Alternative B has similar deficiencies with respect to language simplicity. As with A, specialized semantics are created for the CASE statement when discriminating union tags. In addition, there is the resulting inefficiency of copying to and then from the local variable in the branch every time a branch is elaborated. If the item is large, the copying overhead can easily outweigh any savings obtained from the avoidance of tag checking.

As a result, RED does not attempt to solve the tag checking safety/efficiency problem through special interpretations of the CASE statement. Instead, it is the translator's responsibility to decide whether tag checking can safely be omitted. In practice, this optimization will frequently be applicable. Moreover, the user may explicitly suppress tag checking through a pragmat, with the understanding that safety is thereby compromised.


The RED language allows the user to declare character strings with either the predeclared ASCII character set or user-defined character sets. Moreover, just as an enumeration literal may belong to several enumeration types, so a string literal I may belong to several string types. For example, suppose that the user has declared ebcdic as an ABBREV for an enumeration type corresponding to the appropriate character set. Ebcdic strings can then be declared and manipulated via the standard string operations (catenation, comparison, relationals, component selection, substring selection). For example,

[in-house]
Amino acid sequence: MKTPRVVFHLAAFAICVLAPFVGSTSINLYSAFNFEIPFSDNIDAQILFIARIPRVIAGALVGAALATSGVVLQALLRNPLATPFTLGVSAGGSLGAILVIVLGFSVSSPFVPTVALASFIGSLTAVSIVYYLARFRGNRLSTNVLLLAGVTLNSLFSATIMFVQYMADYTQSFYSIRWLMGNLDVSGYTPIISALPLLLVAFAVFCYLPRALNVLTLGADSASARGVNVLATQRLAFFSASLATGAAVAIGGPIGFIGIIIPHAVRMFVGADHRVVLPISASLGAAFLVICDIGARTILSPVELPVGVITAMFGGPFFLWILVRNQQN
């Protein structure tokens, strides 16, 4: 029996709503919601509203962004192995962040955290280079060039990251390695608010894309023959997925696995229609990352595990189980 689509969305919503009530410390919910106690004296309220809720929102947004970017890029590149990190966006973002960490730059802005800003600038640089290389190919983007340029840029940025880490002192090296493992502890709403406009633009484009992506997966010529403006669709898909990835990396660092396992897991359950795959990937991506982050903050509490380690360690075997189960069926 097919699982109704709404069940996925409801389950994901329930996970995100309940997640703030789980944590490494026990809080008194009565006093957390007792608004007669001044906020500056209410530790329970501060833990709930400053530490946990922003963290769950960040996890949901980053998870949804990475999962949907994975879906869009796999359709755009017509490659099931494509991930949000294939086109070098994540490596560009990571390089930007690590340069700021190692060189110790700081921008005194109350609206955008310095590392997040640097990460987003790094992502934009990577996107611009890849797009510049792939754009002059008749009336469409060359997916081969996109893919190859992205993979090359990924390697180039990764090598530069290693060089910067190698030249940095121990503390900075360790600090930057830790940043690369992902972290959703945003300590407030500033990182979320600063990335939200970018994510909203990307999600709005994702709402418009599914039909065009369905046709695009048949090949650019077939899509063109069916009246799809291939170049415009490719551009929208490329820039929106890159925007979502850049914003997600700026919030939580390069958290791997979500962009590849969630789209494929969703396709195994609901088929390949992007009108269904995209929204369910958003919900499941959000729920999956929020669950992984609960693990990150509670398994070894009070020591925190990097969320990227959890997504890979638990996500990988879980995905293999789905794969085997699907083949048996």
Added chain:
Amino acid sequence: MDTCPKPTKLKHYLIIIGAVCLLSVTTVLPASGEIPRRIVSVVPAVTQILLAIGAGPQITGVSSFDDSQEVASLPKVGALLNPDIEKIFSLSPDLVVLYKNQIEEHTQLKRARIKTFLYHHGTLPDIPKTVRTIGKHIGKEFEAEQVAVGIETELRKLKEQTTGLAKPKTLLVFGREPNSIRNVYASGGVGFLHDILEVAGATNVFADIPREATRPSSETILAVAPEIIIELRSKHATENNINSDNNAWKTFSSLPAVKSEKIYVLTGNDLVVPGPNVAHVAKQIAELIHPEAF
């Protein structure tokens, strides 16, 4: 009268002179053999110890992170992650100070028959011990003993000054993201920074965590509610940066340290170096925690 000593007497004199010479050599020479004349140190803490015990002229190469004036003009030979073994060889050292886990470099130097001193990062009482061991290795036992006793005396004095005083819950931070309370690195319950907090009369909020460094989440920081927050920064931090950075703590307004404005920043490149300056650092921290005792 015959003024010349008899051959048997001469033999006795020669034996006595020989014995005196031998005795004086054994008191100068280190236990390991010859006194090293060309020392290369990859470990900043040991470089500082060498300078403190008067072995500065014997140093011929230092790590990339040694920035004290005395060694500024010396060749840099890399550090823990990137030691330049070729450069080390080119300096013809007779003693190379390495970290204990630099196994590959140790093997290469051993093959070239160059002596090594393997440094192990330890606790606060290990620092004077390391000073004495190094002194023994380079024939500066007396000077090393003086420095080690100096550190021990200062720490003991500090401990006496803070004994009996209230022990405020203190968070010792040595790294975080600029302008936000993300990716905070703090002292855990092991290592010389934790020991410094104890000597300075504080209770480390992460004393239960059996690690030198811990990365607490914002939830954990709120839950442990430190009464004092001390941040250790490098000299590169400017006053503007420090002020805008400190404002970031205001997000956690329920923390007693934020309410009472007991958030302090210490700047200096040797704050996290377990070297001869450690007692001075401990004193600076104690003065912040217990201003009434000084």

If the output device supports the ebcdic character set, the string AXY¢E is produced.

String types conceptually result from an instantiation of a generic type:


The only properties of strings which are not definable through the generic mechanism are the string literal form (i.e., the user writes "ABC" instead of [l:'A,  2:'B,   3:'C]), and the substring selector (s(2..4) is a STRING[ebcdic](3) and not an ARRAY 1NT(2..4) OF ebcdic).